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The multiparametric MRI (mpMRI) is a fairly new technology used to image the prostate.
Urologists have been using ultrasound for years to do this, but prostate cancer can be difficult to visualize with ultrasound alone.
In the past 10 years, however, MRI technology has improved significantly. We are now able to use mpMRI to find abnormalities in the prostate with far greater detail and localization than we could with ultrasound alone.
Dr. Rich Bevan-Thomas recommends a T3 multiparametric MRI to take images of your prostate. Currently, he recommends Gateway Imaging in Arlington, Texas. The 3T mpMRI uses a 3 Tesla (3T) magnet to take multiple images. Each image type uses a different parameter to show a specific view of your prostate.
To put it simply, these are the four parameters:
The radiologist will then interpret these images and assign the abnormal area a PI-RADS score. Dr. Rich Bevan-Thomas will also review these images and score the areas accordingly.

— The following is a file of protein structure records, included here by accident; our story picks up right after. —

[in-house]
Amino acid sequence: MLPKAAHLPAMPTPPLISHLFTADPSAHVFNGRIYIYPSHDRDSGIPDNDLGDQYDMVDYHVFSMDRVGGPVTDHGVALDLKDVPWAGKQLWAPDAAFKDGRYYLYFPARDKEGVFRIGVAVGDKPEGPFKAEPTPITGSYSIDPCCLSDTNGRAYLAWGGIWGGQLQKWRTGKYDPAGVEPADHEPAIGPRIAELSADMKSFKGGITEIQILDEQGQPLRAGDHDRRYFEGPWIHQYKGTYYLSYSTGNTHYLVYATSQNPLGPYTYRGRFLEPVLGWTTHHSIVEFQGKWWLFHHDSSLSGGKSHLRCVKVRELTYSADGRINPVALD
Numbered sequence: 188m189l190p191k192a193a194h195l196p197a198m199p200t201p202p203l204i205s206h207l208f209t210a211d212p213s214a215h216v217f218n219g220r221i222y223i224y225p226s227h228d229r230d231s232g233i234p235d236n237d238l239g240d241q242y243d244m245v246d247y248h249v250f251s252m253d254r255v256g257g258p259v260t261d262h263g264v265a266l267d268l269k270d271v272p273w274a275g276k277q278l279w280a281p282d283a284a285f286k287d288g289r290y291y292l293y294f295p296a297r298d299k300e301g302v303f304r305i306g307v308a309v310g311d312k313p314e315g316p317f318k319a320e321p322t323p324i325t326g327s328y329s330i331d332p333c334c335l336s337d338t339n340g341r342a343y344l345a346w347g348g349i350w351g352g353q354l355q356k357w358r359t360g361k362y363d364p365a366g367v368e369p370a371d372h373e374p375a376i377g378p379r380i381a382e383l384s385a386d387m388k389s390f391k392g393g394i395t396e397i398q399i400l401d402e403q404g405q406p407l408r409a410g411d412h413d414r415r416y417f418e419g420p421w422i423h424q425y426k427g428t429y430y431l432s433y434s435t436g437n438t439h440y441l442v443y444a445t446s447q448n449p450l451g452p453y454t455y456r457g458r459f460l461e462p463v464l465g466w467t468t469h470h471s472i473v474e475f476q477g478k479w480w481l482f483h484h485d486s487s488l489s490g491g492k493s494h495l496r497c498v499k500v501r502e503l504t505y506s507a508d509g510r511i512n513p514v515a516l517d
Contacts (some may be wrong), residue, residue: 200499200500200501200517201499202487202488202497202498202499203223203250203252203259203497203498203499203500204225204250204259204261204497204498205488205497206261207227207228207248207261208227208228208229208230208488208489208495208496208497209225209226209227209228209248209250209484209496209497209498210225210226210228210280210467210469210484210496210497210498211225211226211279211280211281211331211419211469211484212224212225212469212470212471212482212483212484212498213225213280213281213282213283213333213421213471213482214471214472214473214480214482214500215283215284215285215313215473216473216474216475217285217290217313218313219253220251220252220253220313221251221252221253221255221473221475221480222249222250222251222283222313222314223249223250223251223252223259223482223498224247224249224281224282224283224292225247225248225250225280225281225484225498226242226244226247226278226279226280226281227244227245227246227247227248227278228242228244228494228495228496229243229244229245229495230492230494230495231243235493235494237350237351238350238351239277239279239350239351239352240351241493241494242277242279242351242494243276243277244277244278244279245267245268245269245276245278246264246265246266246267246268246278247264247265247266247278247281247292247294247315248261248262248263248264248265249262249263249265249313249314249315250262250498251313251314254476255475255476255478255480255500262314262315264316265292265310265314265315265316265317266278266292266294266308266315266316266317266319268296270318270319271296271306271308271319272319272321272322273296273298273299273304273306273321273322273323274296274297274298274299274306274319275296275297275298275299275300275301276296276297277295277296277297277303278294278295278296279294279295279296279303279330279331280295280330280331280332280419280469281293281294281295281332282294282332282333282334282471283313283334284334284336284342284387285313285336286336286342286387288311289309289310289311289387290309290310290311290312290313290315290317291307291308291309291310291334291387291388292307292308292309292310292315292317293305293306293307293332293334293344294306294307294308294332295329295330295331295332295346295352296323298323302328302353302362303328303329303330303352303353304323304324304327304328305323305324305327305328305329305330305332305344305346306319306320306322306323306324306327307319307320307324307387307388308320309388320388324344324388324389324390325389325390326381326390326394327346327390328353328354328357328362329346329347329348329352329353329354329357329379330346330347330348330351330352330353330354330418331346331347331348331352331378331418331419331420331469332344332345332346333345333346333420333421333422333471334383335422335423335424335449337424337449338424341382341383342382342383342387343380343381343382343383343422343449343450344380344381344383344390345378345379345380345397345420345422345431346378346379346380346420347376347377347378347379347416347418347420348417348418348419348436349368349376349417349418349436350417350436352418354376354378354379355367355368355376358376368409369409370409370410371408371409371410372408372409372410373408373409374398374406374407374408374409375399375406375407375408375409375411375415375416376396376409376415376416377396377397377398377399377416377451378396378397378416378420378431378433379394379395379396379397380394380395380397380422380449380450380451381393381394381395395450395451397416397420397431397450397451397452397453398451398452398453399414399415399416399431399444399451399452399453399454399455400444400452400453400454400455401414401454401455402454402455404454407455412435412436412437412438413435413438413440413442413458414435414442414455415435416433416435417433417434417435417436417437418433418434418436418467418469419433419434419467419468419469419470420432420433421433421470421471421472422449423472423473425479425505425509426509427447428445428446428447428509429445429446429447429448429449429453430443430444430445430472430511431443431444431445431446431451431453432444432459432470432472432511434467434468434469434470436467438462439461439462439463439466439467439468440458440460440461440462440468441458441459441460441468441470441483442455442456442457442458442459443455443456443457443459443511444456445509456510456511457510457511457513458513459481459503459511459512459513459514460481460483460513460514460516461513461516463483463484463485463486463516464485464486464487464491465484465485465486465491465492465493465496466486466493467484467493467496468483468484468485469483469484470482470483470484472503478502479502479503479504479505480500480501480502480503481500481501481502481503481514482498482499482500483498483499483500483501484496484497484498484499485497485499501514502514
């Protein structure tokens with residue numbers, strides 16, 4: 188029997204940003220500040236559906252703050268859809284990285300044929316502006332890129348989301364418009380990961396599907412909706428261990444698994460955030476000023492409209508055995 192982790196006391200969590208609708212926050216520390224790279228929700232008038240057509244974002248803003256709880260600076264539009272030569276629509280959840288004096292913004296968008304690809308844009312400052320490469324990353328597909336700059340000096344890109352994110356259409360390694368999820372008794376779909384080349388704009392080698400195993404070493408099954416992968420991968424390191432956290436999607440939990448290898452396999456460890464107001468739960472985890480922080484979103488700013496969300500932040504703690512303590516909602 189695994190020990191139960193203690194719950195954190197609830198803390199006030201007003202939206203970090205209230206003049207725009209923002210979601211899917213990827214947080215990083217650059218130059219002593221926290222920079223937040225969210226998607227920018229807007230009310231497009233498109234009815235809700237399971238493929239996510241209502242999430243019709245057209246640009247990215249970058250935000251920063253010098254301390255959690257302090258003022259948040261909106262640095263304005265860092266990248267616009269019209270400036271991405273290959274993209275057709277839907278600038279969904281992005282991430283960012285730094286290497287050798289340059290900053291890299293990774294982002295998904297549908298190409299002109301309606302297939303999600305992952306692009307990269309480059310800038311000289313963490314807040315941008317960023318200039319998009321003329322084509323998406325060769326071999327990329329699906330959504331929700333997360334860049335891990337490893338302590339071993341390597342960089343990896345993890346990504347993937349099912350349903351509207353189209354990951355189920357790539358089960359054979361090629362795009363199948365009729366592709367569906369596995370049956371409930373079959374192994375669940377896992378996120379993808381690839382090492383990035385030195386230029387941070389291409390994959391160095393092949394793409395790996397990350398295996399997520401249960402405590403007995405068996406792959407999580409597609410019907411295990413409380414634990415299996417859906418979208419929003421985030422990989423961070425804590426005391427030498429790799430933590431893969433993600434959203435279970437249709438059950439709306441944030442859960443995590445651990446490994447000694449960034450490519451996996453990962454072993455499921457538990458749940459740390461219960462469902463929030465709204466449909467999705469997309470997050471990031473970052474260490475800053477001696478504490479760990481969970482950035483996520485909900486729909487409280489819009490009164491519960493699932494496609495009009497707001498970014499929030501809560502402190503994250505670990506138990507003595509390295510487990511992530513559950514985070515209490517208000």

Yes! The mpMRI and PI-RADS score will give Dr. Rich Bevan-Thomas detailed information that will help determine whether you need a prostate biopsy and if there is an area to target for the fusion biopsy. Before mpMRI technology, if a doctor suspected cancer, patients would go straight to an ultrasound-guided prostate biopsy. With the mpMRI, if your PI-RADS score is low — meaning low risk for intermediate or high-grade cancer — you may not need a biopsy.
A multiparametric prostate MRI is accurate for finding intermediate and high-grade cancers around 85% of the time. A negative MRI does not always mean that a biopsy is not recommended, but it is extremely helpful in finding lesions to target. There is roughly a 15% chance of having a focus of cancer not seen on the MRI, so other parameters are often used in terms of recommending a course of action. Ultrasound continues to have a role in diagnosing many prostate cancers.
But if your PI-RADS score is higher, you may need a fusion biopsy. In this case, the multiparametric MRI results will give Dr. B-T an exact location to target. By fusing the ultrasound image with the MRI image, a specific area can be targeted with a needle biopsy.